Most aspects of construction projects mainly fall under contractual regime. However, when things go wrong such as when the project is abandoned for various reasons, they may create two different scenarios: A contract that is breached and a fixed structure left on the land of one party, which constitute an incomplete benefit transferred. The transfer of such benefit is initially made with a legal ground, but that ground has since ceased to exist. If some aspect of that benefit cannot be recovered under a contract, enrichment rules may be competent to solve the problem. How to measure the different aspects of that enrichment is however a problem that may have different interpretations according to different conceptions of the foundations of enrichment liability in a particular legal system. This article explores the measure of enrichment in such cases of failed bilateral contracts scenarios working from South African perspective. It argues that in cases of failed bilateral contracts generating an enrichment situation, sanctioning a dual measure of enrichment in a legal system may be an appropriate avenue.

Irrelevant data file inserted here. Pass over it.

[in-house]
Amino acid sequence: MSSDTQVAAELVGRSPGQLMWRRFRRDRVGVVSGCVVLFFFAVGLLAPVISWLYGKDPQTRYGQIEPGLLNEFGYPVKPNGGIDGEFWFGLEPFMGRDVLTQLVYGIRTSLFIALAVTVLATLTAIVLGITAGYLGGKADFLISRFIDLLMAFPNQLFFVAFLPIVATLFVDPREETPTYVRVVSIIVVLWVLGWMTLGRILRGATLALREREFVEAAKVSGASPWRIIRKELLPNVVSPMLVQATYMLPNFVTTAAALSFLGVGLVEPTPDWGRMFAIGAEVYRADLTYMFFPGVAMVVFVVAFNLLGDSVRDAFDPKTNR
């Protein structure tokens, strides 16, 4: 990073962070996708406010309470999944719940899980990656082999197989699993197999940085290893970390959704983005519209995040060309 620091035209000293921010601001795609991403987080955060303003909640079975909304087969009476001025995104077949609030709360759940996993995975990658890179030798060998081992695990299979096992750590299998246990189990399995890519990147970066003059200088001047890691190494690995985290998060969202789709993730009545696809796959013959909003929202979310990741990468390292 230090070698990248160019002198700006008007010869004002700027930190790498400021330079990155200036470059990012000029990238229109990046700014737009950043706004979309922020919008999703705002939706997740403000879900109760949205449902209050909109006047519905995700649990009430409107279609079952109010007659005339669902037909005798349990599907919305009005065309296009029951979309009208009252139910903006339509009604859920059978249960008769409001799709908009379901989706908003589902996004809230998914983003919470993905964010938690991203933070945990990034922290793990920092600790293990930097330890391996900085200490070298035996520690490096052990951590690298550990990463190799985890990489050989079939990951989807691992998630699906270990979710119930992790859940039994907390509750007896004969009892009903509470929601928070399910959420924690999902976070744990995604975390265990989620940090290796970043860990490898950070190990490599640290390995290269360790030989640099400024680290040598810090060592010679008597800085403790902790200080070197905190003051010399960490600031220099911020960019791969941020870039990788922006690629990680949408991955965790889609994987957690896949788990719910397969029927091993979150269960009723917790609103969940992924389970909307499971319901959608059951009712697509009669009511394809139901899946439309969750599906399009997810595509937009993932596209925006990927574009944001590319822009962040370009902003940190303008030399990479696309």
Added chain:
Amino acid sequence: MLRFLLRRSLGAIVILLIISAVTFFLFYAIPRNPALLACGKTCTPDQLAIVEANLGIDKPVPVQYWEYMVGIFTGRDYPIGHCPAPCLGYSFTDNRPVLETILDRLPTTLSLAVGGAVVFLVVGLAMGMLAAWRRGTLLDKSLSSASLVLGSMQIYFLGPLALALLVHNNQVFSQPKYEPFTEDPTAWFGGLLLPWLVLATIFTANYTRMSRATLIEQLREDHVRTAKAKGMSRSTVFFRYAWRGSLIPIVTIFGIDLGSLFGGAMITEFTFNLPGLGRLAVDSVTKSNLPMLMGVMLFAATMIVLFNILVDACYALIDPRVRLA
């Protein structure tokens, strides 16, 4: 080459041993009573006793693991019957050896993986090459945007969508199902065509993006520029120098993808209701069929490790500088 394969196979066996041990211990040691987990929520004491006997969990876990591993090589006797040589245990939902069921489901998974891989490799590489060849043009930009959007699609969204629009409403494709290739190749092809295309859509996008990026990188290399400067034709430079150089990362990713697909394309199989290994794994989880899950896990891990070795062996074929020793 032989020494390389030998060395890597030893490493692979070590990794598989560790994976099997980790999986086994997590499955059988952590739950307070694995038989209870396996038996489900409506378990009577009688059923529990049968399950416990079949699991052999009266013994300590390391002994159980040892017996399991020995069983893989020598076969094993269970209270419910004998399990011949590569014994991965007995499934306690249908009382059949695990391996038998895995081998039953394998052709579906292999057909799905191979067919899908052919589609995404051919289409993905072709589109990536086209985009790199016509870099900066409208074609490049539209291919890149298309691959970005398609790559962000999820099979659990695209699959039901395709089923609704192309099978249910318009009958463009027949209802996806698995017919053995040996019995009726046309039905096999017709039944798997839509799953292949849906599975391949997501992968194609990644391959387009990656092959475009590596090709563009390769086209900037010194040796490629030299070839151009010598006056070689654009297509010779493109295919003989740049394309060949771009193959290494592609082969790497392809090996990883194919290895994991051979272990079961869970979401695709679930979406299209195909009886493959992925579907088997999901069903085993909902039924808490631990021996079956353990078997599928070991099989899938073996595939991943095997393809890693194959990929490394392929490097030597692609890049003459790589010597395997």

- Unfinished construction projects,
- Failed contracts,
- Enrichment law,